Steve Saunders Goldwing Forums banner

Status
Not open for further replies.
1 - 11 of 11 Posts

·
Monkey with a Football
Joined
·
19,237 Posts
Discussion Starter #1
imported post

I just bought and assembled the following lift for my 89 GL1500 ($60 US):

http://www.harborfreight.com/cpi/ctaf/Displayitem.taf?itemnumber=2792

I assume you approach the bike from the right side with the bike while on the side stand.

What I don't know is where I should try to place the two lift pads to do a safe lift of any special procedures I should use.

Advice anyone? I've never used this type of lift before.

Thanks

--
Rudy
 

·
Postpubescent member
Joined
·
36,382 Posts
imported post

Rudy wrote:
I just bought and assembled the following lift for my 89 GL1500 ($60 US):

http://www.harborfreight.com/cpi/ctaf/Displayitem.taf?itemnumber=2792

I assume you approach the bike from the right side with the bike while on the side stand.

What I don't know is where I should try to place the two lift pads to do a safe lift of any special procedures I should use.

Advice anyone? I've never used this type of lift before.

Thanks

--
Rudy
I've got two lifts like yours. One is the same one from HF and the other a little more robust one from Sears, I think. The second one came with my 1500 when I bought it. The only complaint I have with the HF one is you need to be careful when you let it down, it comes down kinda fast. On my bike I slide it in from the right, you might have to lift the bike off the side stand a bit to get the lift centered. I put one of the lift pads under the folded side stand about half way between the pivot and the feet and start pumping it up. Keep a grip on your bike to keep it stable until the lift starts the bike on it's way up. Also watch the bike to see it if looks like you're going to have to reposition the bike for better balance. Once I have mine up, I slip a little bench-like thing made out of scrap lumber under either the front or rear tire to prevent the bike from rocking fore and aft while I'm working on it. Snugging the bike to the lift with ratcheting straps is also a good idea. I like the thing, it's been a back saver for me. Some folks insist on replacing the bolts with higher grade steel bolts, but I haven't seen any bending or wear on the original ones. Remember to hang on to your bike's handlebar when lowering, you will find you have to let it down a little at a time and a hand on the bar will help stabilize things and keep if from rocking.
 

·
Premium Member
Joined
·
1,027 Posts
imported post

I've got a Sealey lift. I usually put a 1.5 inch thick block of wood under the sidestand first and this makes it easier to line up when I slide the lift underneath the engine. The 1500 engine is flat enough for the Sealey rails to sit on level without using wooden shims, but other bike engines might be a real challenge.

One thing I've learned with these lifts is that they are really a compromise. You need to have leveland solid groundto work on, ie not hard mud or tarmac. Also you can't pull and push too hard at the bike even with it tied to the lift. You just need to be careful is all. :waving:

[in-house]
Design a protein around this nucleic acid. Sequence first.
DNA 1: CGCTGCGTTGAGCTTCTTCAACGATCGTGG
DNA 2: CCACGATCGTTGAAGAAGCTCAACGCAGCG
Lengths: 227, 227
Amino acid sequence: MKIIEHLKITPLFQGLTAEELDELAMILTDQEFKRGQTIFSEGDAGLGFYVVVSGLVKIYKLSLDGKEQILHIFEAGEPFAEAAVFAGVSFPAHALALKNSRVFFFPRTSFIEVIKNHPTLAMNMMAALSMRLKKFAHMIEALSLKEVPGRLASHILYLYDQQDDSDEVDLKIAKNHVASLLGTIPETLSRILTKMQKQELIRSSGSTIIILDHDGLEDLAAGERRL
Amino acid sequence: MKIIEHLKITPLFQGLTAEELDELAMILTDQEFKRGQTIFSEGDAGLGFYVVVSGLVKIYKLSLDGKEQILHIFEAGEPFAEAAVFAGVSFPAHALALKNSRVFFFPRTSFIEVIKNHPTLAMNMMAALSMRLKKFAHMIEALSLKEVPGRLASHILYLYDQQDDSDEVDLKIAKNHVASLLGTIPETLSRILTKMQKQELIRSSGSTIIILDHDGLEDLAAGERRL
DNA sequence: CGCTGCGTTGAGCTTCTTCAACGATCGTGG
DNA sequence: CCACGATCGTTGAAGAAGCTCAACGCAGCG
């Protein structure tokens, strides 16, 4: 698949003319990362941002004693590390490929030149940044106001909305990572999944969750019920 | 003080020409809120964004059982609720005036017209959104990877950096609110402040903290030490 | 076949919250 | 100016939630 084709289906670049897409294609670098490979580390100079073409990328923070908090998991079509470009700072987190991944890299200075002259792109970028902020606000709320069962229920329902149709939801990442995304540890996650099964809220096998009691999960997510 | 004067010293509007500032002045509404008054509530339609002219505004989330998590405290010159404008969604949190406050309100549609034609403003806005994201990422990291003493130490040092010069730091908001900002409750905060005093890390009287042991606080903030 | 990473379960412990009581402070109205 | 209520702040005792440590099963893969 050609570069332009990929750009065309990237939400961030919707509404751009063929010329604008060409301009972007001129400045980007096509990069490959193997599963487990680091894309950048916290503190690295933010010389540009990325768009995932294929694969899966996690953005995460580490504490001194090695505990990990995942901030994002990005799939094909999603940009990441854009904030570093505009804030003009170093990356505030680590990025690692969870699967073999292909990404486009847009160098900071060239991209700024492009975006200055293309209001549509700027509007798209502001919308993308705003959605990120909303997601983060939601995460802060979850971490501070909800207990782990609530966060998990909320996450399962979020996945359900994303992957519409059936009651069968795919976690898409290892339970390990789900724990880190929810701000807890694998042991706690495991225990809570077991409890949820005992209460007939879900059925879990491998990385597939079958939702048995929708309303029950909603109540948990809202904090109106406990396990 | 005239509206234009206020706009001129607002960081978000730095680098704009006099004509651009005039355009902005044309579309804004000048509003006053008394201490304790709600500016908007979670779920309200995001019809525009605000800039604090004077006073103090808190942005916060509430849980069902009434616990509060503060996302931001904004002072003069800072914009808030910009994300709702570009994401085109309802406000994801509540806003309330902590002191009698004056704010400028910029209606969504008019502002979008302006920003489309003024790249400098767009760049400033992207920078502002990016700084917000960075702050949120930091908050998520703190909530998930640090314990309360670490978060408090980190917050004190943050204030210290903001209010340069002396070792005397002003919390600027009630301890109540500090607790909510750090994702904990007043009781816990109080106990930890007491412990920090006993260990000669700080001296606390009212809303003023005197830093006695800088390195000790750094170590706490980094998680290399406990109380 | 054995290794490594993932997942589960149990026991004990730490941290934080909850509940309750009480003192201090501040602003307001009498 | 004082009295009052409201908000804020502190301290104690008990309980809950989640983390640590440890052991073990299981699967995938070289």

·
Premium Member
Joined
·
3,785 Posts
imported post

I purchased the Sears version of this stand a couple years ago. It made the engine removal for the alternator swap a "One Man" job...
 

·
Premium Member
Joined
·
143 Posts
imported post

that's great guidance, I too have been considering a lift of that style. I was concerned I was compromising safety for money. But knowing from you that it can be done with some careful planning is a relief.



thanks



s
 

·
Premium Member
Joined
·
2,350 Posts
imported post

I got one at Sams Club for $88.00. It is well built and has worked very good on every bike I have used on for those of you that don't have a Harbor Freight handy.:cheeky1:
 

·
Postpubescent member
Joined
·
36,382 Posts
imported post

I saw a couple of posts on 'that other forum' and there were a couple of guys saying if you didn't have a Pit Bull lift ($$$) or a full length shop lift you were a fool to risk your bike on a junky jack. Well that may be their opinion, but I've used mine a lot and haven't felt like I was near disaster at any time. Of course there are always guys around who tell you that if you aren't using uranium sintered ceramic kevlar coated monomolecular gold plated whats its you are a fool.
 

·
Premium Member
Joined
·
2,350 Posts
imported post

They must be used properly, safelyand with common sense or you could damage your bike or yourself. Some are better made and more sturdy than others. I have seen some I would not put my bike on. Therealways is danger when jacking up a car or motorcycle and care must be taken even if it is a chrome platedBoss Pit Bull HogSuper Lift!!!:coollep:
 

·
Premium Member
Joined
·
4,948 Posts
imported post

"Of course there are always guys around who tell you that if you aren't using uranium sintered ceramic kevlar coated monomolecular gold plated whats its you are a fool."

I've used those for years. I can't see much difference than using the carbon saturated,latice structuredbuckyballs tubular cross braces.After reading about the end effects of compatible but inversely proportional materials, I don't feel that the cost is prohibitive to contain the stress values at a nominal rate, not unlike the titanium borites used in laminated sheer structures.

BTW, I really like my Sears lift. As others have stated, be careful and make sure you go slowly and balance the bike. Also, don't forget that when you take a wheel off from either end the balance will change, sometimes dramatically. This is where tying thebike down will help a bunch.

Regards,:angel:

Hobie
 
1 - 11 of 11 Posts
Status
Not open for further replies.
Top